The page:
### Learning Outcomes

- Simplify rational expressions.
- Multiply and divide rational expressions.
- Find the least common denominator of two rational expressions.
- Add and subtract rational expressions.
- Simplify complex rational expressions.

A pastry shop has fixed costs of [latex]\$280[/latex] per week and variable costs of [latex]\$9[/latex] per box of pastries. The shop’s costs per week in terms of [latex]x[/latex], the number of boxes made, is [latex]280+9x[/latex]. We can divide the costs per week by the number of boxes made to determine the cost per box of pastries.

[latex]\frac{280+9x}{x}[/latex]

Notice that the result is a polynomial expression divided by a second polynomial expression. In this section, we will explore quotients of polynomial expressions.

## Simplifying Rational Expressions

The quotient of two polynomial expressions is called a **rational expression**. We can apply the properties of fractions to rational expressions such as simplifying the expressions by canceling common factors from the numerator and the denominator. To do this, we first need to factor both the numerator and denominator. Let’s start with the rational expression shown.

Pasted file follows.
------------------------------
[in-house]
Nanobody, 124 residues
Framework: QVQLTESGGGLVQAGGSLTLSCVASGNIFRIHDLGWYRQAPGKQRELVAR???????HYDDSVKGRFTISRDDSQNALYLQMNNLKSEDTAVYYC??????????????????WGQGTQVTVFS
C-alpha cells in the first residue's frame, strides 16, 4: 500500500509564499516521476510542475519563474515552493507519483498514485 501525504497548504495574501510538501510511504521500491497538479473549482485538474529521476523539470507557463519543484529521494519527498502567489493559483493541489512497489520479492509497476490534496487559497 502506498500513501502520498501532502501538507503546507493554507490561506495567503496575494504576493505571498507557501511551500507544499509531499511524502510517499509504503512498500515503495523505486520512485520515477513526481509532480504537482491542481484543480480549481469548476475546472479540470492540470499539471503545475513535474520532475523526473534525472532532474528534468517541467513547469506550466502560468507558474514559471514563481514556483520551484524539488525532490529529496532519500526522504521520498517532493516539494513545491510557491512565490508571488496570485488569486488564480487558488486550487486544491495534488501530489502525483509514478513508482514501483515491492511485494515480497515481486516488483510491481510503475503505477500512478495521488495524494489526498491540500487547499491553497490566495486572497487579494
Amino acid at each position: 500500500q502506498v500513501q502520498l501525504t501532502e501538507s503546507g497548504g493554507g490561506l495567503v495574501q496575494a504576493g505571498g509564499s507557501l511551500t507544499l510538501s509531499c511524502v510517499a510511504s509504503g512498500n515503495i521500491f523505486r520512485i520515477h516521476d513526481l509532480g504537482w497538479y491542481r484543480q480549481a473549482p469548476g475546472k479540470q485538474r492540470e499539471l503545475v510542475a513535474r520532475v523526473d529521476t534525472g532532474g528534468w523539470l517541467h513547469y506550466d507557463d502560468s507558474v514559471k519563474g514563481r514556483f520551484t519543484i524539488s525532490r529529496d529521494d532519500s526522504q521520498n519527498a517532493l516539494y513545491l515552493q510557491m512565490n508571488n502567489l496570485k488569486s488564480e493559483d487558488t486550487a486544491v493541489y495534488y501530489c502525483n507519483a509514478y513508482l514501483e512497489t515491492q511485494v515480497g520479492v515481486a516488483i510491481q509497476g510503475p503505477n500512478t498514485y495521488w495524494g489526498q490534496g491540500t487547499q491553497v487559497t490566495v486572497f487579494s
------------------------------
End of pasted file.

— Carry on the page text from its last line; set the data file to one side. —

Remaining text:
[latex]\frac{{x}^{2}+8x+16}{{x}^{2}+11x+28}[/latex]

[latex]\\[/latex]We can factor the numerator and denominator to rewrite the expression as [latex]\frac{{\left(x+4\right)}^{2}}{\left(x+4\right)\left(x+7\right)}[/latex]

### How To: Given a rational expression, simplify it

- Factor the numerator and denominator.
- Cancel any common factors.

### Example: Simplifying Rational Expressions

Simplify [latex]\frac{{x}^{2}-9}{{x}^{2}+4x+3}[/latex].

### Q & A

**Can the [latex]{x}^{2}[/latex] term be cancelled in the above example?**

*No. A factor is an expression that is multiplied by another expression. The [latex]{x}^{2}[/latex] term is not a factor of the numerator or the denominator.*

### Try It

Simplify [latex]\frac{x - 6}{{x}^{2}-36}[/latex].

## Multiplying Rational Expressions

Multiplication of rational expressions works the same way as multiplication of any other fractions. We multiply the numerators to find the numerator of the product, and then multiply the denominators to find the denominator of the product. Before multiplying, it is helpful to factor the numerators and denominators just as we did when simplifying rational expressions. We are often able to simplify the product of rational expressions.

### How To: Given two rational expressions, multiply them

- Factor the numerator and denominator.
- Multiply the numerators.
- Multiply the denominators.
- Simplify.

### Example: Multiplying Rational Expressions

Multiply the rational expressions and show the product in simplest form:

### Try It